Events such as a hospitalization, pregnancy, childbirth, or trauma to the lower leg can cause deep vein thrombosis, also known as DVT.
DVT occurs when blood clots form in a deep vein in the body, most often in the lower leg or thigh. A blood clot can break off and travel through the body, causing a stroke, a heart attack, or a pulmonary embolism – a blockage in an artery of a lung. DVT is a serious emergency.
A history of smoking, certain medical treatments, advanced age, and situations where someone may be sedentary for long periods of time (like plane rides that are more than four hours), can also lead to DVT.
About 50 percent of people with DVT recognize the symptoms, which may include pain and swelling in a leg, ankle, or foot; discolored skin over the clot; or in the case of a pulmonary embolism, chest pain, shortness of breath, low blood pressure, irregular heart beat, or coughing up blood.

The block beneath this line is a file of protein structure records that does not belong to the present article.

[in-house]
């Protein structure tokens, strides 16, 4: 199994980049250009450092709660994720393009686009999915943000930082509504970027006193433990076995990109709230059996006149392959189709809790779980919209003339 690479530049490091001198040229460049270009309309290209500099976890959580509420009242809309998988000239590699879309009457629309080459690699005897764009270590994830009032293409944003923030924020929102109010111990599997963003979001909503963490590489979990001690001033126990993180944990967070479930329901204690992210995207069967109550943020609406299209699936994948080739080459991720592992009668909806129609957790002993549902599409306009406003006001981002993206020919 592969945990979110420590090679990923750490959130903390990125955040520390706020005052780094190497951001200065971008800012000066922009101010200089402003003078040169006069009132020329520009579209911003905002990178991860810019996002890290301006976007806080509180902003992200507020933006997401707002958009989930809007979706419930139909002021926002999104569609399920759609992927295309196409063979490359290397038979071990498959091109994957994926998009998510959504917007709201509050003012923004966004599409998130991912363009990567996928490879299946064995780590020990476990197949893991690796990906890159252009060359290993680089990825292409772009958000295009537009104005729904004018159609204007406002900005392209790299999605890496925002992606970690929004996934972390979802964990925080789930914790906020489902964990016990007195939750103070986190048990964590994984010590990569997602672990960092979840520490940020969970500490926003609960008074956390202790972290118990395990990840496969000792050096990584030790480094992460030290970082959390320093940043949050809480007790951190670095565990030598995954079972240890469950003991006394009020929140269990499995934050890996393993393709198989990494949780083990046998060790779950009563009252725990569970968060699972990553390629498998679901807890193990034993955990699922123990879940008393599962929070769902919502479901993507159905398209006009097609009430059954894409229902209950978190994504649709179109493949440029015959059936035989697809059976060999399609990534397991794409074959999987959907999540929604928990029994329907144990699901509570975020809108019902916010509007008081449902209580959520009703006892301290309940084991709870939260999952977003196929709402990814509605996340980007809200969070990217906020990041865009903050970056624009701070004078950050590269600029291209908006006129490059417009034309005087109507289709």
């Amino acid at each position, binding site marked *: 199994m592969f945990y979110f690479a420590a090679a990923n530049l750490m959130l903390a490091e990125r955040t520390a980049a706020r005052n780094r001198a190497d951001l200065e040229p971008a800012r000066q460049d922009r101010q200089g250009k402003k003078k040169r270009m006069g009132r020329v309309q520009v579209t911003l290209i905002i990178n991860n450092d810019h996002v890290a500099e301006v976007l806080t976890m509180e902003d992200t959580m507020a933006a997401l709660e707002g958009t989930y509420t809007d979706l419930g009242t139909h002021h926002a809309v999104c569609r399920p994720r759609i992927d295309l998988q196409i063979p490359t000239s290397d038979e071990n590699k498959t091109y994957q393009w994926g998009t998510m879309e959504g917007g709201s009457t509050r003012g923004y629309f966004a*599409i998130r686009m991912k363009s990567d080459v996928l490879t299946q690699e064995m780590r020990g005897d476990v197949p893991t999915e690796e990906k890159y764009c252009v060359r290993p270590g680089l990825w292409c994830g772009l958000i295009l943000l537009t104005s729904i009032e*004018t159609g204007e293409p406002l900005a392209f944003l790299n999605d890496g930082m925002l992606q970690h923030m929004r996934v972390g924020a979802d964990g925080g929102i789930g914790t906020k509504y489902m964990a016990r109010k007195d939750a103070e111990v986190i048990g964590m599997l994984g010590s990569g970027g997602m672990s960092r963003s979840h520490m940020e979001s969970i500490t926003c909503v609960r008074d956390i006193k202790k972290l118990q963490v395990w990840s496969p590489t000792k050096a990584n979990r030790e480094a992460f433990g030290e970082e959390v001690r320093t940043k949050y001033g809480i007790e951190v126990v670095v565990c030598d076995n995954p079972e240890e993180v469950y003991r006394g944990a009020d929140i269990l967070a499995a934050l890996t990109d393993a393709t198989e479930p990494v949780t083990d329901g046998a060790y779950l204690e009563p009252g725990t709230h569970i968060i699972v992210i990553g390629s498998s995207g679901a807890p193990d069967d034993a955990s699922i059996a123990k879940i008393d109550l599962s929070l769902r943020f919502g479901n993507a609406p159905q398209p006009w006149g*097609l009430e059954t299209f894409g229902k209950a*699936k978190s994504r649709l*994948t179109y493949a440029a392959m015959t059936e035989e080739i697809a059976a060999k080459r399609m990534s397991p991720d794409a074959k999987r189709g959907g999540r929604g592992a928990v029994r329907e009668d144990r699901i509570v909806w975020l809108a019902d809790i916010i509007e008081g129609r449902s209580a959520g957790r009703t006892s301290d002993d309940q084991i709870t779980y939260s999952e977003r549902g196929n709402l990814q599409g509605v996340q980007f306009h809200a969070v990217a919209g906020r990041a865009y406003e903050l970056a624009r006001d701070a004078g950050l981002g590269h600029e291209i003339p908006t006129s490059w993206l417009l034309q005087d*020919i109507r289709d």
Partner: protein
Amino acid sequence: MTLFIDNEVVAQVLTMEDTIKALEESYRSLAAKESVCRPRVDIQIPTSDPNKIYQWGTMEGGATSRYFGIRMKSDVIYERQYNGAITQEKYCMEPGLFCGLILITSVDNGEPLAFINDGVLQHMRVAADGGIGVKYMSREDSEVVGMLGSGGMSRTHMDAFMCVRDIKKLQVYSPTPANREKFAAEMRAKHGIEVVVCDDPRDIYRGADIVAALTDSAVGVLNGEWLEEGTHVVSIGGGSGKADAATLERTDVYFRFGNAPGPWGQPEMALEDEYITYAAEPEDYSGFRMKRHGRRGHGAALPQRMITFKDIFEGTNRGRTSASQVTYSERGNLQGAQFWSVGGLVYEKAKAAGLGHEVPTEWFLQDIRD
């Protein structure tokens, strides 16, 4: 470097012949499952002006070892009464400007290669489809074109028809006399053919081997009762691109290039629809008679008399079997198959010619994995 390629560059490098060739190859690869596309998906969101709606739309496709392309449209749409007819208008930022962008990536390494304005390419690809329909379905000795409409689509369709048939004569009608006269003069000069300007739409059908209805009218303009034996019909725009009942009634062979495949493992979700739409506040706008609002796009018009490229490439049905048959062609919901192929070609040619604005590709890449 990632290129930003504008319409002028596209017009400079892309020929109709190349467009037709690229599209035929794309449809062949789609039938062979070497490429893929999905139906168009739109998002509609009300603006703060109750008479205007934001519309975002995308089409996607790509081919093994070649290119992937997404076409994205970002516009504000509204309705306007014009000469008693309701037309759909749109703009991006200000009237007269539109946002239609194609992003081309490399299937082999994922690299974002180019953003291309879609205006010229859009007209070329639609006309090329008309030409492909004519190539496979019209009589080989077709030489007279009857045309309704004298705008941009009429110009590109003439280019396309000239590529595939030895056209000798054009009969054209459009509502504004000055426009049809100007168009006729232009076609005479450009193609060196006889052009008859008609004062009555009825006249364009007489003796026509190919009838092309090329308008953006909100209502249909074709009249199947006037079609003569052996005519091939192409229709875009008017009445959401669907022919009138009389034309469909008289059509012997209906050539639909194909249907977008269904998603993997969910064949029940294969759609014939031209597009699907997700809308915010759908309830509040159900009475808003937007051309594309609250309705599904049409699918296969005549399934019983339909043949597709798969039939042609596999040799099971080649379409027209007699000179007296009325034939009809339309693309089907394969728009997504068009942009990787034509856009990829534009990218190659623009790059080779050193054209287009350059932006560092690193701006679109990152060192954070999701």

Seeking immediate medical attention if you have a blood clot is most important. If a clot is suspected, your doctor will order an ultrasound and review your medical history. Patients with DVT receive drugs to break down the existing clot (known as thrombolytics) and stop new ones from happening (known as anticoagulants or thrombin inhibitors). Patients at risk for a pulmonary embolism may also receive a vena cava filter to block clots from reaching the lung.
The Hartford HealthCare Heart & Vascular Institute at The Hospital of Central Connecticut (HOCC) in New Britain is fully prepared to treat complex vascular events like DVT. The HOCC care team includes board-certified cardiologists, specialized nurses, and other specially trained staff members who work closely with other departments to provide the most coordinated care. HOCC is home to the most advanced technology, like the new hybrid procedure room, a state-of-the-art suite that allows vascular surgeons to perform procedures guided by real-time images.
To prevent blood clots, stay active or avoid prolonged periods of sitting. If you have risk factors for DVT, follow your doctor’s instructions, which may include prescriptions or compression stockings. Quitting smoking, regular exercise, and loose-fitting clothing are other ways to prevent blood clots.